Developing a Financial Stability Model for Mauritius

  • Indranarain Ramlall


The objective of this chapter is to develop a financial stability model for Mauritius. Indeed, in light of the crisis, there had been an increasing need to generate financial stability models to gauge the different risks likely to impact on both the economic and financial fronts of an economy. This chapter develops a broad financial system strength index model for Mauritius. The results show that Mauritius had been affected the crisis with the costs of undermined output standing in the range of 3.4–5.4%. Latent risks are noted under different channels, namely, public debt sustainability, tourist arrivals and earnings, central bank equity, quality of balance of payments sustainability, trade finance, net foreign investments on the Stock Exchange of Mauritius and future GDP growth paths in Europe and the USA. Findings further show the existence of an ineffective interest rate channel, a robust credit transmission channel and a vibrant exchange rate channel under the Monetary Condition Index. Interestingly, Mauritian banks’ profitability structure is found to have been unaffected by the crisis on the back of a maintained interest rate spread at 7% in spite of a fall in the TED spread. Policy-wise, the authorities should focus on the tourism and credit channels while scaling down the exorbitant interest rate spread to boost the effectiveness of monetary policy. In fact, the high interest rate spread may be acting like a hurdle in insulating the interest rate channel of monetary policy transmission mechanism in Mauritius.


Interest Rate Monetary Policy Banking Sector Stress Index Capital Inflow 
These keywords were added by machine and not by the authors. This process is experimental and the keywords may be updated as the learning algorithm improves.


  1. Balakrishnan, R., Danninger, S., Elekdag, S., & Tytell, I. (2009, April). How linkages fuel the fire: The transmission of financial stress from advanced to emerging economies. In World Economic Outlook. Washington, DC: International Monetary Fund.Google Scholar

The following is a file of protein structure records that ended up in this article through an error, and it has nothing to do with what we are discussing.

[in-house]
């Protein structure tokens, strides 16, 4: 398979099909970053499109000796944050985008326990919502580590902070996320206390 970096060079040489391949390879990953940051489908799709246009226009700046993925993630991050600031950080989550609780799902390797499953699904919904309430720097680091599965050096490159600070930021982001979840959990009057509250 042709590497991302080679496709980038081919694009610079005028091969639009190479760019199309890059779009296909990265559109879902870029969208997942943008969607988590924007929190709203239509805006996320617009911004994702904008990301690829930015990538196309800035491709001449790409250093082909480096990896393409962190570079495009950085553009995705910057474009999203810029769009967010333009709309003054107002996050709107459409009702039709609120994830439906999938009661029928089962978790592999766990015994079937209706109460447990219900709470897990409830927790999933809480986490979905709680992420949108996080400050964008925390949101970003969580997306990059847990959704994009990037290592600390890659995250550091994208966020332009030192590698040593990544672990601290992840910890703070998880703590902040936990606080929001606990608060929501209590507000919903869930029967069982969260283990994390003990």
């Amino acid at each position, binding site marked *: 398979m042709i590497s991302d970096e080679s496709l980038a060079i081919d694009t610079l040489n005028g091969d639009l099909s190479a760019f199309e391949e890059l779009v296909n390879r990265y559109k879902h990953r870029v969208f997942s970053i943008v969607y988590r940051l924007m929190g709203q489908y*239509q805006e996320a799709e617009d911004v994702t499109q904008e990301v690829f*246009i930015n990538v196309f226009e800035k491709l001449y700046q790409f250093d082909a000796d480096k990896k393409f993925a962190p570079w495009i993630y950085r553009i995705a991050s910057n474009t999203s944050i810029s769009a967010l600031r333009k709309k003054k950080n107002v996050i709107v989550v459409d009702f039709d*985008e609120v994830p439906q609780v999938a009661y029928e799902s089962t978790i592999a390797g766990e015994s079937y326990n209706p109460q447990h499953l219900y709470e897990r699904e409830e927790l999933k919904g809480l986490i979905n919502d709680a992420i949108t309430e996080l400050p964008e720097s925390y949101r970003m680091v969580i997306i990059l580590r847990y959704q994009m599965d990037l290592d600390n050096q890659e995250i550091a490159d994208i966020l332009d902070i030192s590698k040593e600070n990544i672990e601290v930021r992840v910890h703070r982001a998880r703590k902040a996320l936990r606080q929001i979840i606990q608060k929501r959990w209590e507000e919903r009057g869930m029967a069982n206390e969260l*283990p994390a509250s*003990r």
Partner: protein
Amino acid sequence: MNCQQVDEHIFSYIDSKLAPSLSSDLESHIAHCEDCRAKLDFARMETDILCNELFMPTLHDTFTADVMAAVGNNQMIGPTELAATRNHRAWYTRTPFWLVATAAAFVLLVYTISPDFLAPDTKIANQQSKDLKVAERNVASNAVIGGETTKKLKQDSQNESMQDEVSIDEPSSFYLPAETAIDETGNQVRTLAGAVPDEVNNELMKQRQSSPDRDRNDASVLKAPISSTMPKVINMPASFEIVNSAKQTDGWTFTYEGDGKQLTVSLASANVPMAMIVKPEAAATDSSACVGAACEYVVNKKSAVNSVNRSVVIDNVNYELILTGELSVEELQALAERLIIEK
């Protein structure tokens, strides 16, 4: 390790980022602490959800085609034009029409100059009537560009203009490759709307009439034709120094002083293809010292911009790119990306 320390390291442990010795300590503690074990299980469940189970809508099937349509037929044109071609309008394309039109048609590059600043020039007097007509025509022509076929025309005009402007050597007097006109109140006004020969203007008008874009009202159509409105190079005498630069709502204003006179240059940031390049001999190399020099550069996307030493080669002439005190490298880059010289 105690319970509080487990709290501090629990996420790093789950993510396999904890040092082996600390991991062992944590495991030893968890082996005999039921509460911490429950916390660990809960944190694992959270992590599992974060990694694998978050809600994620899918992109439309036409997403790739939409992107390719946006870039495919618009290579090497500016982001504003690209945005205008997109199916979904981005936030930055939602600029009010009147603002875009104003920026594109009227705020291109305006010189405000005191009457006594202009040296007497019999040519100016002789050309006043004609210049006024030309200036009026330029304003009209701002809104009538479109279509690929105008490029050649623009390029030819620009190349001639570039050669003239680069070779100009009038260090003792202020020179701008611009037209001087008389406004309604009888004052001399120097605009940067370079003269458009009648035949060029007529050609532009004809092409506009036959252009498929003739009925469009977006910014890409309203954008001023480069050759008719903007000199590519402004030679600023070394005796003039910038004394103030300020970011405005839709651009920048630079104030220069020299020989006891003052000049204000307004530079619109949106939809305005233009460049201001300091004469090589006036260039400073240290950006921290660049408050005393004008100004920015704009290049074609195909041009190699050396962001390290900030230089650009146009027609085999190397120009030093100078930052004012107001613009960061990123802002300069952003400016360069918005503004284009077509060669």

2. Bell, J., & Pain, D. (2000, December). Leading indicator models of banking crises-a critical review. Bank of England Financial Stability Review, pp. 113–129.Google Scholar
  3. Berger, A. N., Herring, R. J., & Szego, G. P. (1995). The role of capital in financial institutions. Journal of Banking and Finance, 19, 393–430.CrossRefGoogle Scholar
  4. Bloom, N. (2009). The impact of uncertainty shocks. Econometrica, 77(3), 623–685.CrossRefGoogle Scholar
  5. Bordo, M., Eichengreen, B., Klingebiel, D., & Martinez-Peria, M. S. (2001). Is the crisis problem growing more severe? Economic Policy, 16, 51–82.CrossRefGoogle Scholar
  6. Borio, C., & Lowe, P. (2002). Asset prices, financial and monetary stability: Exploring the nexus (BIS working papers 114). Basel: Bank for International Settlements.Google Scholar
  7. Brave, S. A., & Butters, R. A. (2010). Gathering insights on the forest from the trees: A new metric for financial conditions (WP 2010-07). Federal Reserve Bank of Chicago.Google Scholar
  8. Cardarelli, R., Elekdag, S., & Lall, S. (2009). Financial stress, downturns, and recoveries (IMF working papers 09/100).Google Scholar
  9. Cardarelli, R., Elekdag, S., & Lall, S. (2011). Financial stress and economic contractions. Journal of Financial Stability, 7(2), 78–97.CrossRefGoogle Scholar
  10. Caruana, J. (2010, February). Systemic risk: How to deal with it? (BIS research paper).Google Scholar
  11. Davig, T., & Hakkio, C. (2009). Financial stress: What is it, how can it be measured, and why does it matter? Federal Reserve Bank of Kansas City. Economic Review.Google Scholar
  12. Davig, T., & Hakkio, C. S. (2010). What is the effect of financial stress on economic activity. Economic Review, issue Q, II, 35–62. Federal Reserve Bank of Kansas City.Google Scholar
  13. De Larosiere, L., Balcerowicz, L., Issing, O., Masera, R., McCarthy, C., Nyberg, L., et al. (2009). The high-level group on financial supervision in the EU. Brussels: European Commission.Google Scholar
  14. Demirgüç-Kunt, A., & Detragiache, E. (2011). Basel core principles and bank soundness: Does compliance matter? Journal of Financial Stability, 7(4), 179–190.CrossRefGoogle Scholar
  15. Eichengreen, B., Rose, A. K., & Wyplosz, C. (1995). Exchange market mayhem: The antecedents and aftermath of speculative attacks. Economic Policy, 21(October), 249–312.CrossRefGoogle Scholar
  16. Erbil, C., & Salman, F. (2006). Revealing Turkey’s public debt burden: A transparent payments approach. Journal of Policy Modeling, 28(7), 825–835.CrossRefGoogle Scholar
  17. Estrella, A., & Mishkin, F. (1998). Rethinking the role of NAIRU in monetary policy: Implications of model formulation and uncertainty (Research paper 9806). New York: Federal Reserve Bank of New York.Google Scholar